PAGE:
New Mexicans for Science and Reason Anything But
Open letter to television station is an example of bad logic and misleading

The New Mexicans for Science and Reason ("NMSR") is a New Mexico organization presided over by Dave Thomas whose purpose, according to their webpage, is to "share the goals of promoting genuine science, the scientific method, and rational and critical thinking." In furtherance of that goal, NMSR claims that "We oppose the use of fabrication, flawed logic, distortion of facts, and pseudoscientific propaganda by any and all groups who twist science to suit their own ends, whether they are creationists, advocates of intelligent design, proponents of the idea that aliens crashed at Roswell, extreme academic cultural critics who deny objective reality, or promoters of unproved claims such as therapeutic touch, psychic "DNA Activation," telepathy, astrology, channeling, precognition, crystal healing, cold fusion, tapping of zero-point energy, and perpetual motion machines." (NMSR apparently forgot to include Darwinian evolution on that list--just an oversight, I'm sure.)

NMSR has jumped into the fray regarding the censorship of the film "Unlocking the Mystery of Life" by KNME-TV on the side of continuing the censorship. In response to a television report on KOB-TV about the controversy, Mr. Thomas has written an open letter to KOB-TV (which is situated on the webpage right below a statement they have apparently prepared supporting KNME).

With all due respect, NMSR has apparently forgotten its own commitment to stand against "fabrication, flawed logic, distortion of facts, and pseudoscientific propaganda" since its letter is full of such things. For example, here are some of the quotes:

  • "I have seen this video myself, and found it to be old-style creationism dressed up in a nice new lab coat." -- This is a nice bumper sticker slogan, but it has no relation to the truth. Creationism starts with the belief that God created and seeks to fit the scientific evidence into that worldview. Intelligent design begins with an examination of the evidence and find evidence of design. It makes no claims about the identity of the designer or how the designer designed. Thus, Mr. Thomas is engaging in the informal fallacy of creating a staw man, i.e., a type of Red Herring because the arguer is attempting to refute his opponent's position, and in the context is required to do so, but instead attacks a position—the "straw man"—not held by his opponent.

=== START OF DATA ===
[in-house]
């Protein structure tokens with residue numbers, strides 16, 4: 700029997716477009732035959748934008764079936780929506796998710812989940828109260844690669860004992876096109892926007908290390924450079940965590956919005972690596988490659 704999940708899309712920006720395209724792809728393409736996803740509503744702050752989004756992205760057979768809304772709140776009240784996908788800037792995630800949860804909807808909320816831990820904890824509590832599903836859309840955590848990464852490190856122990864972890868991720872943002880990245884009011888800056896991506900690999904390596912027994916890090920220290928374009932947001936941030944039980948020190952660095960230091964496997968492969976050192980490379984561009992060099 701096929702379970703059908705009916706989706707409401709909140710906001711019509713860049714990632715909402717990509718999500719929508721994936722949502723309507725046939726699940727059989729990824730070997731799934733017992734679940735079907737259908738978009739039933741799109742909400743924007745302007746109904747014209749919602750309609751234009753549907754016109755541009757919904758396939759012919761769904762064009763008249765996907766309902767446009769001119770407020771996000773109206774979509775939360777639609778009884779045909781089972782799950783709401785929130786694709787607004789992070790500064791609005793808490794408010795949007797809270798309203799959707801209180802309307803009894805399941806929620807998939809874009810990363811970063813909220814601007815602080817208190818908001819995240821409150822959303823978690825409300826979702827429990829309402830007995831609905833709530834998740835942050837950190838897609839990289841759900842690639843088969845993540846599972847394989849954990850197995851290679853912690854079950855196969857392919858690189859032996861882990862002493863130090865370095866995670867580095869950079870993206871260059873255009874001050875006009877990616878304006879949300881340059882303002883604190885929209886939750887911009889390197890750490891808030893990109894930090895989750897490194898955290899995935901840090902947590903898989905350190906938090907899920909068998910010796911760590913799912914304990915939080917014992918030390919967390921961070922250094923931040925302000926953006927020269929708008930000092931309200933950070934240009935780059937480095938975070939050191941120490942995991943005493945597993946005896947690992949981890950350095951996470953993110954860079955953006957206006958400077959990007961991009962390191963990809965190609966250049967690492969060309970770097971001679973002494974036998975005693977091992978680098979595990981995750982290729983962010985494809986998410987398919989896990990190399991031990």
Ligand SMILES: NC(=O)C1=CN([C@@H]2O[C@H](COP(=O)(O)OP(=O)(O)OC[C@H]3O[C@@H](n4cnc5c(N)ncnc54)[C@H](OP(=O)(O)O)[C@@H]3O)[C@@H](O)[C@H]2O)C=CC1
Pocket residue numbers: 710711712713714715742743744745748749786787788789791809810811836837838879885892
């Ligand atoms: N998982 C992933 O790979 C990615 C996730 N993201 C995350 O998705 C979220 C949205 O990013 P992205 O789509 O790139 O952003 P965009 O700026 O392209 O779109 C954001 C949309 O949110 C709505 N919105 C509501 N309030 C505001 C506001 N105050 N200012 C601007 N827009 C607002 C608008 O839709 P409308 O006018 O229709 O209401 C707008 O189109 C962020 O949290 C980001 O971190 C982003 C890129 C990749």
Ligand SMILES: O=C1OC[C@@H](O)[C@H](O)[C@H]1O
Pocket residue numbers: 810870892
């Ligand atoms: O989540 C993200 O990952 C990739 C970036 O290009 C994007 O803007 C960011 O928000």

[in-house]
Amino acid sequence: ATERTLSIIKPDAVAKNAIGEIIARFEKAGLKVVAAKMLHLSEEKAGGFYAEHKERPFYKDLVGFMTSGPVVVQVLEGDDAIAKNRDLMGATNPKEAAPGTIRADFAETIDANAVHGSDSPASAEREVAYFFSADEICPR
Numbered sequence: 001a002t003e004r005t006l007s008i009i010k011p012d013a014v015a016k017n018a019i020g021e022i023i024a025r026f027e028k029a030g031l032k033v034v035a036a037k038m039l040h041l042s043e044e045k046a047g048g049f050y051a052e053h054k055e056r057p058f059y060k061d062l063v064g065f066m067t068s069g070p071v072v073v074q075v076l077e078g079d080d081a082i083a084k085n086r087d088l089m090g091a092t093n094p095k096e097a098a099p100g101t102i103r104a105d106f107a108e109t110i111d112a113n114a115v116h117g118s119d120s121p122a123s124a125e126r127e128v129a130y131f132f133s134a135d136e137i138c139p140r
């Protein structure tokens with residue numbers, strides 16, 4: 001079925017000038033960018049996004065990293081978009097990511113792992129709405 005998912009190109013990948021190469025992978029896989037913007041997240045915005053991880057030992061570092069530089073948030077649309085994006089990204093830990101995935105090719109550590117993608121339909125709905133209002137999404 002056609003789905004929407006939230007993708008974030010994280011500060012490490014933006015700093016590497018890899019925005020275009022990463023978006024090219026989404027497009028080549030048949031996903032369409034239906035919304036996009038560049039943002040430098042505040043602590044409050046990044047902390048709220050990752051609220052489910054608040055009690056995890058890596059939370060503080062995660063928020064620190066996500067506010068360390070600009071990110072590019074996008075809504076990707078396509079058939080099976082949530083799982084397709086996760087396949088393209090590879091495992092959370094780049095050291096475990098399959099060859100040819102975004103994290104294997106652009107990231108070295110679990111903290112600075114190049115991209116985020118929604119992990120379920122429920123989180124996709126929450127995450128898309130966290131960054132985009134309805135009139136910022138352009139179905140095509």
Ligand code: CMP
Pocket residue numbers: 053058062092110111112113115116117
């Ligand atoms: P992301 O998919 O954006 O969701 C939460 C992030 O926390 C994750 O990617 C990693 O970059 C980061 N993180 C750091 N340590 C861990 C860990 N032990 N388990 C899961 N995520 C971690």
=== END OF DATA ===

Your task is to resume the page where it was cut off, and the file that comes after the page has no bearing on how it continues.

• "I imagine the creationist community lobbied your station to carry an item about KNME. Of course, they didn't tell you they were creationists." -- I don't know if anyone lobbied the station, and neither does Mr. Thomas (note that he says he "imagines" they lobbied). He is guessing. But I can tell you for certain that if any supporters of intelligent design did "hound" the station, they weren't creationists (except in Mr. Thomas' "newspeak").

  • "Creationists desperately fear modern science, as they feel it is incompatible with their personal religion." -- Creationists may (I doubt it), but that has nothing to do with people (like me) who advocate intelligent design. I think I can speak for most people who are accepting intelligent design when I say "we welcome scientific inquiry." If anyone can show how these organisms which are irreducibly complex could have evolved, then we are certainly willing to accept that. But the supporters of Darwinian evolution's efforts in this area have thus far fallen well short of any sort of viable evidence that certain systems are not irreducibly complex or could have arisen by chance (the main mechanism of evolution).